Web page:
Author Blogging 101: Your Quick Guide to Content Curation

by | Jul 3, 2017

Curators have traditionally been found in museums and libraries where, relying on their expertise in a specific field, they acquire, organize, and present selections of works with something in common.

Enter technology, and we’ve had an explosion of online content aimed at specialized audiences. The last time I looked, there were a reported 73 million blogs online (although you and I know that probably 72 million of them are abandoned, with their last post in 2013).

With all this content sloshing around the Internet, the role of “curator” has become urgently needed to handle the firehose of data being published every day; select the content that best fits a specific purpose; then present it to readers.

This content curation can be a powerful ally for bloggers who become adept at performing these tasks quickly and efficiently, and curated content can boost your blog’s traffic, reputation, and engagement with readers.

As a bonus, when you curate other writers’ content for your readers, you don’t have to write any of it.

Benefits of Content Curation

Content curation can benefit both you and your readers, in different ways.

Benefits to you

Curating content demonstrates your authority and knowledge in your field. By reviewing many content sources and selecting the best ones for your subject, you get to express your own opinion of what’s truly important.

It takes expertise and a sense of what your audience needs for you to be successful at attracting readers with curated content.

A good example that’s close to home is This Week in the Blogs. This feature has appeared on Sundays continuously since November, 2009, just weeks after I first got started blogging. It allowed me to post content on the weekends without having to write it myself.

There have been almost 400 issues since then, and it’s a staple on the weekend for self-publishers everywhere.

One of the benefits of curating the best articles for your readers is the ability it gives you to link out to other bloggers, who appreciate getting a link from a blog with a lot of traffic and great authority in the field.

Linking out like this will supercharge your networking efforts, because the vert best way to make another blogger happy is by sending traffic to their site.

Benefits for Readers

Think of curated posts, where you gather together resources on a specific topic, as providing “playlists” for your readers. By eliminating everything but the top sources, you perform a very valuable service to readers who may not be as involved in the topic as you are.

Curated content saves time for readers who don’t have the leisure to read a lot of specialized content just to find the gems. It also helps them to evaluate which content sources are better quality.

Your curated content will also introduce readers to new blogs and websites, and that’s benefits both your readers and the bloggers you link to.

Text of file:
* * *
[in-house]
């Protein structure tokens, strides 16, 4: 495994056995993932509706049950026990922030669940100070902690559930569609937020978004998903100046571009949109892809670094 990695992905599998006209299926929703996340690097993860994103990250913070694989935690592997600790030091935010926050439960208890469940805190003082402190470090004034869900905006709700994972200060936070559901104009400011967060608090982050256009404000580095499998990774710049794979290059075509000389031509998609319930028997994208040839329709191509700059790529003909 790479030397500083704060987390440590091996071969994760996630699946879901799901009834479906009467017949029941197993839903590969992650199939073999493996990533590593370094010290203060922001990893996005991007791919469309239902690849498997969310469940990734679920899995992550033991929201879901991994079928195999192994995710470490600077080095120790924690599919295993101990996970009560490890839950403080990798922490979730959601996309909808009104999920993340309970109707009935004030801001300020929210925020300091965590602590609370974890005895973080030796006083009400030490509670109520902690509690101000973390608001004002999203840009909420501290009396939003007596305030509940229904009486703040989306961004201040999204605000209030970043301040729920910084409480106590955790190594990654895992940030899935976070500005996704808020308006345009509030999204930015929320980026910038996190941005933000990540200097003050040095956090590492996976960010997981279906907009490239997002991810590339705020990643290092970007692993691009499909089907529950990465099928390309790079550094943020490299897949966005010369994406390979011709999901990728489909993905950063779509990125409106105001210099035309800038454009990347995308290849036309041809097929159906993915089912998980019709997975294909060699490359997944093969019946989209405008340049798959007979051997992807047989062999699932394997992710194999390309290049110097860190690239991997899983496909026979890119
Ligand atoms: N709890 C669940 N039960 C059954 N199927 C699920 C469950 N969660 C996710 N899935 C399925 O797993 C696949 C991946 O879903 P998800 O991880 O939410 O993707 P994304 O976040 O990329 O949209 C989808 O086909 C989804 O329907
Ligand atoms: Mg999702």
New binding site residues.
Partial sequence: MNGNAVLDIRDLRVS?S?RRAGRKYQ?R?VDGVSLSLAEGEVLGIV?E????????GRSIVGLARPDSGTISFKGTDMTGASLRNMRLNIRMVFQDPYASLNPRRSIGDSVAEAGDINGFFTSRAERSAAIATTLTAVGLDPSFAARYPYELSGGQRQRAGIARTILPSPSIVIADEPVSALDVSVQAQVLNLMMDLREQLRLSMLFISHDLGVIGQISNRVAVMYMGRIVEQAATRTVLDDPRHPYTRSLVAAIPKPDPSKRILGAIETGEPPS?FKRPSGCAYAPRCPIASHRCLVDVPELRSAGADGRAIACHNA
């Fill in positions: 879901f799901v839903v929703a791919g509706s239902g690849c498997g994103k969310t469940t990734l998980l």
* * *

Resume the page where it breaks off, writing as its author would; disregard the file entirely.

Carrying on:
Delivery Methods for Curated Content

Since curated content is like any other content, you can deliver it to your readers or viewers the same way you deliver all your other content. For instance, you can create blog posts made up of curated content, giving you the opportunity to add your own commentary, personalizing it for your readers.

You can create special blog features, like my Sunday “This Week in the Blogs” post, or any other type of “roundup,” on a one-time or on a regular basis. I like having an editorial calendar so readers know when these features will be appearing.

Another great use for curated content is in a regular newsletter. I’ve long admired Jane Friedman’s Electric Speed, where she curates 5 links to articles of interest to writers and authors.

You can also use services that automate some of the curating chores, like Paper.li (see below). Of course, the automation will remove your personal touch, but it may be worthwhile considering that once it’s set up, selection of articles is automatic.

Curated Content on My Blog

In addition to the weekly links in “This Week in the Blogs,” we also publish a monthly blog carnival called the Carnival of the Indies.

Although this is a great addition to any blog and will bring you more traffic and networking opportunities, this blog carnival isn’t really curated content, because we publish all articles that are submitted and which meet the guidelines.

publishing 101

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However, we’ve recently started our own weekly newsletter, Publishing 101. (It’s free, so go sign up for it right now.)

Publishing 101 has enabled us to broaden our reach, bring even more great content to readers, and increase engagement at the same time. Our editor, Kathryn Mazur, finds the best articles of the past week and passes them along with annotations.

We also use Publishing 101 to let subscribers know about upcoming deals, webinars, and we use it to highlight individual authors, too.

Tools for Curation